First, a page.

The ice films cometh

Adventure Film Festival carries on founder’s dream


Seven years ago, in a small tent in the midst of a snowstorm in the Himalayas, climber and photographer Jonny Copp drafted the idea for the Adventure Film Festival on a handful of scratch paper. Since then, the idea has grown into an international festival of independent films addressing everything from environmental activism to extreme sports.


Now in its sixth year, the Adventure Film Festival will be showing in Boulder from Nov. 18 to Nov.20.

The festival consists of 25 films hand-picked by a committee of professional athletes, activists, photographers and filmmakers out of 140 submissions from around the world. The subject matter ranges from skiing in the Antarctic Peninsula, to the mysterious disappearance of honeybee colonies worldwide, to the struggle for survival of a little-known tribe of Kyrgyz nomads in Afghanistan’s High Pamirs mountains.

“There’s a little of everything for everybody,” says Aimee Copp, sister of Jonny Copp and member of the festival’s board of directors. “It attracts the everyday person that’s not a climber or a skier or an adrenaline junkie because it’s full of thought-provoking films with powerful stories.”

Jonny Copp’s vision to bring together film, activism and adventure has become a family and community mission since his 2009 death in an avalanche on the Tibet-China border.Climber Micah Dash and filmmaker Wade Johnson also died in the accident.

“Obviously last year was an extremely hard year, not only for our family but also for all of Jonny’s friends and community in Boulder,” Aimee Copp says. “People have been very excited to continue to support and grow Adventure Films in honor of my brother. It’s so important for our family to continue his dream so that his legacy lives on through this festival.”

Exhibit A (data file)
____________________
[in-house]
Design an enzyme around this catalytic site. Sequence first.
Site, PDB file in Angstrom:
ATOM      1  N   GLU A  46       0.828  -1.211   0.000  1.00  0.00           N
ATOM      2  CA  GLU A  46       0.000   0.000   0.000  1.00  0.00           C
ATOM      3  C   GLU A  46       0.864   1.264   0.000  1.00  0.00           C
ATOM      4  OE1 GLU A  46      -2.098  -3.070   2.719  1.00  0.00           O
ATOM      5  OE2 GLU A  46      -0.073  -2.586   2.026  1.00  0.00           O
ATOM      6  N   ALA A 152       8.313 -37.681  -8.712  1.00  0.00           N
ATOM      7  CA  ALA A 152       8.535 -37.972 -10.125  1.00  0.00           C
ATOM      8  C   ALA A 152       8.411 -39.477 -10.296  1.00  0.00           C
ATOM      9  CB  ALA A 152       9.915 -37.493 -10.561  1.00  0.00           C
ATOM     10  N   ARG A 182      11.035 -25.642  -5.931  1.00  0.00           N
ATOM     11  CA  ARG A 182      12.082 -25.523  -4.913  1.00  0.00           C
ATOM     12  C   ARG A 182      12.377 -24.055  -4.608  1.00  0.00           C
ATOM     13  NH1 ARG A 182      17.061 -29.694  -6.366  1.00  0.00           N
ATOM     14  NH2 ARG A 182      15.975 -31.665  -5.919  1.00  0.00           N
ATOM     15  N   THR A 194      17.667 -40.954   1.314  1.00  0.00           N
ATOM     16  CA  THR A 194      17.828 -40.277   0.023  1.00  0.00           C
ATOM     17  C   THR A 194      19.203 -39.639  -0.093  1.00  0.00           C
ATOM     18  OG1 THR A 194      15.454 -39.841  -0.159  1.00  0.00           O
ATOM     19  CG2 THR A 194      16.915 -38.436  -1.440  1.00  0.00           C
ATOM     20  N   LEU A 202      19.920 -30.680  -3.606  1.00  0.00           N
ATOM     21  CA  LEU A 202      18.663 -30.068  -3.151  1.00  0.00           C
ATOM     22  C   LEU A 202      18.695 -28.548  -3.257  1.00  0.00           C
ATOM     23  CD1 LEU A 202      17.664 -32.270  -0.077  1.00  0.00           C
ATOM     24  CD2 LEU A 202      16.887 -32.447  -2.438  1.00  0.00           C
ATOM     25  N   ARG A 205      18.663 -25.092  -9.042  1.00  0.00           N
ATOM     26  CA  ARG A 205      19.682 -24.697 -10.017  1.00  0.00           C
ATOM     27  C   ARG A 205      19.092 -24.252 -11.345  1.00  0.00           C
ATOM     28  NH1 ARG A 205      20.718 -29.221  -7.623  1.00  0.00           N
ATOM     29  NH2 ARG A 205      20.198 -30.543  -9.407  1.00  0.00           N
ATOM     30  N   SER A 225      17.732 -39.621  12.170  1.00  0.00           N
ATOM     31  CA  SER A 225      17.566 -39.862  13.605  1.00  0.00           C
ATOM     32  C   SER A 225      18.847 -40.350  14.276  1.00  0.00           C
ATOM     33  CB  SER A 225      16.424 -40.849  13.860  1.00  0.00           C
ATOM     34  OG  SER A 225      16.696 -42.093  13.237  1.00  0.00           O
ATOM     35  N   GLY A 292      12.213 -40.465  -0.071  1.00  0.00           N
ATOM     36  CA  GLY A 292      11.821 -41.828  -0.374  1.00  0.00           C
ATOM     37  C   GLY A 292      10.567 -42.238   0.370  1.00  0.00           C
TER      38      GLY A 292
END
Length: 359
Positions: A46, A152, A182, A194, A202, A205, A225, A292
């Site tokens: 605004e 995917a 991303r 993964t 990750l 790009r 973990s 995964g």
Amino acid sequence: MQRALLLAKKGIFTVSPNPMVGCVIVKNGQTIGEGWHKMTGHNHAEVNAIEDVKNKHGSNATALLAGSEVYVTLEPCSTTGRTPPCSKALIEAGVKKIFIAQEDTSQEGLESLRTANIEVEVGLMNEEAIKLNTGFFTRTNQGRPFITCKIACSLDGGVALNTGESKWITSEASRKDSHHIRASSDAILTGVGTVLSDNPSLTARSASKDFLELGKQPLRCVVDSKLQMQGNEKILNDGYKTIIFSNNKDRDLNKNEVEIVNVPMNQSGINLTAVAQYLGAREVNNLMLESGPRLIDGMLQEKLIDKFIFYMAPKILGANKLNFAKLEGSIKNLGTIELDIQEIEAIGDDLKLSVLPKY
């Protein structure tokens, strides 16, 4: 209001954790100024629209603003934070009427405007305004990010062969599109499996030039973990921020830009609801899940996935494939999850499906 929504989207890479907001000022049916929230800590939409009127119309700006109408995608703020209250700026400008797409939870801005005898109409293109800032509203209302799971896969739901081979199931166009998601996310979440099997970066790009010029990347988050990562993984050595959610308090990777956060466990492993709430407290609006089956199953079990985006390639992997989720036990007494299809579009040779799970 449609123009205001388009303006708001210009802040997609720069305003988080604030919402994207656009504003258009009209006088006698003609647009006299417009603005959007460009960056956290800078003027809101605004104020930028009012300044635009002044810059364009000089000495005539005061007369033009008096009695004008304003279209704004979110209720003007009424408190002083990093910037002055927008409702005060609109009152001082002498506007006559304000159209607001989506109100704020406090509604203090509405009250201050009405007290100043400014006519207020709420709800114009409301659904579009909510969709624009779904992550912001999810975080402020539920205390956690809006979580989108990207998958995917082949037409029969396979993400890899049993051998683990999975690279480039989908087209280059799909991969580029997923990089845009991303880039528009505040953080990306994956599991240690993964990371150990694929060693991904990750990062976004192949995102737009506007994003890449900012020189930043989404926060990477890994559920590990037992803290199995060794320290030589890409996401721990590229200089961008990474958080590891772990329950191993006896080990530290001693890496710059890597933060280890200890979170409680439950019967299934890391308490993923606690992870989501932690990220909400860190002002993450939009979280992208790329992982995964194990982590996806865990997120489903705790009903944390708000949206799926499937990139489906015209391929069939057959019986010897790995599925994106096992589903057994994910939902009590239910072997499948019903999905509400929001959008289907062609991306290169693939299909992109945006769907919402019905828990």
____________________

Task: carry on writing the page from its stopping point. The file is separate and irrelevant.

For many, like Boulder climber, artist and filmmaker Renan Ozturk, carrying on Copp’s vision means continuing to document his adventures to inspire others. Ozturk has two films in this year’s festival, including “As It Happens,” a real-time adventure about a climbing journey into the Nepalese Himalayas that was produced on location with solar energy and broadcast via satellite modem.

“Being outside and creating things to share with others has always been crucial to the way I express myself,” Ozturk says. “I think people really connect to adventure films because they are looking for a glimpse of inspiration to spark change in their own lives. Most people have an inherent
potential for exploration and adventure inside them even if it’s not the
most gnarly, death-defying feat.”

Vance Howard, a Boulder fine-arts photographer and filmmaker, agrees with Ozturk about the ubiquitous humanity in adventure films that appeals to so many.

“Adventure films are fun, both to watch and to make,” Howard says. “I think of it as being similar to our ancestral elders returning to the campfire from an ancient hunt for game and sharing stories of the journey. It’s the same idea now, only we have the glow of HDTVs replacing the sparks and embers of the campfire.”

Howard will be moderating a filmmaker workshop on Nov. 19, hosted by Adventure Films, at the REI store in Boulder. The workshop will be led by multiple Emmy Award-winner Michael Brown, independent filmmaker Marcus Lucas, director and producer Jeff Orlowski and Oscar-winning producer and cinematographer Michael Ramsey. The panel will discuss the latest equipment, shooting techniques, production development and marketing, as well as how to make films with stories that are compelling and meaningful.

“I think that the story is by far the most crucial component of a good adventure film. Conveying the emotional and physical struggle of an adventure is hard to do, but when it’s done well it can really take a film to the next level,” Ozturk says. “For me, the biggest reason to convey the spirit of adventure is that it develops understanding of how fragile the planet is on a deep emotional level.”

On the Bill

Adventure Film Festival takes
place at REI, the Boulder Theater, Patagonia and Neptune Mountaineering
from Nov. 18 to Nov. 20. Festival passes are $50. For more information
and a schedule of films, visit